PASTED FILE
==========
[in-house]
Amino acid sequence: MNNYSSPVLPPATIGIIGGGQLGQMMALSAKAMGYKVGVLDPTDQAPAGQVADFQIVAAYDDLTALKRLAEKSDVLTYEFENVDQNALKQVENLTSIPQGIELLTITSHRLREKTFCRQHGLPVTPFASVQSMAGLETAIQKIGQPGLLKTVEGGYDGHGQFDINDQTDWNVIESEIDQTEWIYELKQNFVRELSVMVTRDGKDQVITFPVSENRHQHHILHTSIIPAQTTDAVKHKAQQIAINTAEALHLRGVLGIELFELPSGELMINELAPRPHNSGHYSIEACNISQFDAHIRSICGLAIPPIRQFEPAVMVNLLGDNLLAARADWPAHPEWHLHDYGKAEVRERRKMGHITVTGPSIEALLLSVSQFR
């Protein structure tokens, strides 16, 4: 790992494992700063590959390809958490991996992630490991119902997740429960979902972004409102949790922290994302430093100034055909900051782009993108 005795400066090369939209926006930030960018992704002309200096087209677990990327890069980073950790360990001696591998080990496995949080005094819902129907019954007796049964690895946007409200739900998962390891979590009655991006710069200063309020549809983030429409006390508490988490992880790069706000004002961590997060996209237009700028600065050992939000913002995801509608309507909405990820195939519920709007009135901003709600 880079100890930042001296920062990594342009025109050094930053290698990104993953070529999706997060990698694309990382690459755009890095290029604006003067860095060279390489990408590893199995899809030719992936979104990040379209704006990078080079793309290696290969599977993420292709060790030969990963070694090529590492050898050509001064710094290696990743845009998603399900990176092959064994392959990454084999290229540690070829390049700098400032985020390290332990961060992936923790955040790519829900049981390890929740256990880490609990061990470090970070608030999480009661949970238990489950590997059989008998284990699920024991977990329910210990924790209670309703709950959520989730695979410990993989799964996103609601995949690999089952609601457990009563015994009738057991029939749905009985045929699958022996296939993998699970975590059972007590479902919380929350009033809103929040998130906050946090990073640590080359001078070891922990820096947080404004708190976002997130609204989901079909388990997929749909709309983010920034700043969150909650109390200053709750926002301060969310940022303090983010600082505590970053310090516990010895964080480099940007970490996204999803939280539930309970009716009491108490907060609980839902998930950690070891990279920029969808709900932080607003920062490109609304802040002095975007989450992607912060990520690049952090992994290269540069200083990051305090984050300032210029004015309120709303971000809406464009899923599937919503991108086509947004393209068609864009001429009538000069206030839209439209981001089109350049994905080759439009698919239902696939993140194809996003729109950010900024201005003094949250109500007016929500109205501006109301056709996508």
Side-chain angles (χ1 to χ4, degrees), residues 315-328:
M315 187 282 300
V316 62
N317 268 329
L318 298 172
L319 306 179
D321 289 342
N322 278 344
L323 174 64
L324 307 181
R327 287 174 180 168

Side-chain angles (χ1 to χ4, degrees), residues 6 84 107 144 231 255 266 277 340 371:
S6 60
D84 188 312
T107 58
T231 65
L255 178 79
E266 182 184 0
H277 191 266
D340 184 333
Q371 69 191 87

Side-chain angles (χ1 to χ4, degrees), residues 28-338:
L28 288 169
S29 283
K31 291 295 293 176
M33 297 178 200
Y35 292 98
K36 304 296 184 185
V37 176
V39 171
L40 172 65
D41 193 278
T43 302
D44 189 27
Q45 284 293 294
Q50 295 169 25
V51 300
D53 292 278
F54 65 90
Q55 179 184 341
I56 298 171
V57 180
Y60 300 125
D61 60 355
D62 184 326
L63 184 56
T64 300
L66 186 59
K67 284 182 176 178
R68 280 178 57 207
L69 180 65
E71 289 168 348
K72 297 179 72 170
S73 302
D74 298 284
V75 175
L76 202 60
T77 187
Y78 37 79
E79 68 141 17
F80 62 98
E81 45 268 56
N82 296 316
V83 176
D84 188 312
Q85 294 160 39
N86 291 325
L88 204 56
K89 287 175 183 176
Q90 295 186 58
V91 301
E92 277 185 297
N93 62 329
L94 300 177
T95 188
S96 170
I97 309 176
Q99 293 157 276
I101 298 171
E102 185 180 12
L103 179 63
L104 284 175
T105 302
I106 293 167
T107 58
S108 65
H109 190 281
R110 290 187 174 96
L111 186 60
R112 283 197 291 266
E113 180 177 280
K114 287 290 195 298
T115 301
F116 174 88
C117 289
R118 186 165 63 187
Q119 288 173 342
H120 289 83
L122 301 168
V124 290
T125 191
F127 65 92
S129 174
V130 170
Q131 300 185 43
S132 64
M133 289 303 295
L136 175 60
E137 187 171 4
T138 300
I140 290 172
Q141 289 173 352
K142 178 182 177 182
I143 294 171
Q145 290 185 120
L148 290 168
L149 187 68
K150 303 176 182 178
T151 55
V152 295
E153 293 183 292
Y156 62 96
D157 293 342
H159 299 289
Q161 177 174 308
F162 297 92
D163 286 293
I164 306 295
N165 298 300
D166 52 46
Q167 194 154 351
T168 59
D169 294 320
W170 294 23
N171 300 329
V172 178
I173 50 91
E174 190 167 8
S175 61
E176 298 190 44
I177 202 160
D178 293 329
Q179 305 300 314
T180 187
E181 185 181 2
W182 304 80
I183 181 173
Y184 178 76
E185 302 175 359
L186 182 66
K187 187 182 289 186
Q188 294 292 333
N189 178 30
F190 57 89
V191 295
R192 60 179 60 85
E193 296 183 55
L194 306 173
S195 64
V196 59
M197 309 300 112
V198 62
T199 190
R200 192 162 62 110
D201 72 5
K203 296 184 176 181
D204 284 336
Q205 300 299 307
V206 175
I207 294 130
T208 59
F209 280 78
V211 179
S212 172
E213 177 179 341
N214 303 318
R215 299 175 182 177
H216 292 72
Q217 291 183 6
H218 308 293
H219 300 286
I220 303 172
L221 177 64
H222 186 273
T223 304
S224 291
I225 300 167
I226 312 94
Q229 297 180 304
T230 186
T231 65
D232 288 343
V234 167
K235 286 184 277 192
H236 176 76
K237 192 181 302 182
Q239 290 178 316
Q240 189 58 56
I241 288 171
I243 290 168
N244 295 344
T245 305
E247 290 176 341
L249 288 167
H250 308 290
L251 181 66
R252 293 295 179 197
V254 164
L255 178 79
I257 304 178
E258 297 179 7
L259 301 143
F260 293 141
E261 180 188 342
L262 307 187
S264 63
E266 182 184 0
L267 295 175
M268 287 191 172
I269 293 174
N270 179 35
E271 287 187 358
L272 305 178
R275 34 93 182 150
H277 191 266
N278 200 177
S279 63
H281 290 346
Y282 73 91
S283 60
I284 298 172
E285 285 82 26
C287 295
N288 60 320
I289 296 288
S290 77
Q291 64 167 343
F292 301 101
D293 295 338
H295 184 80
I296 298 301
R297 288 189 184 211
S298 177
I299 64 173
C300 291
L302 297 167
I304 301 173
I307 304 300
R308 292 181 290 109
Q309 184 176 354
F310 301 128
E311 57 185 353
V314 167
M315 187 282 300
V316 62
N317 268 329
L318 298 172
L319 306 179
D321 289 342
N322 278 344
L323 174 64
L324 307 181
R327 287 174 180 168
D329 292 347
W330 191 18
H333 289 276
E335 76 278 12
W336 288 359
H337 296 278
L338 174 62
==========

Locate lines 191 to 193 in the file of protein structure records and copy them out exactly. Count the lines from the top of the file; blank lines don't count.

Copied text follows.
I226 312 94
Q229 297 180 304
T230 186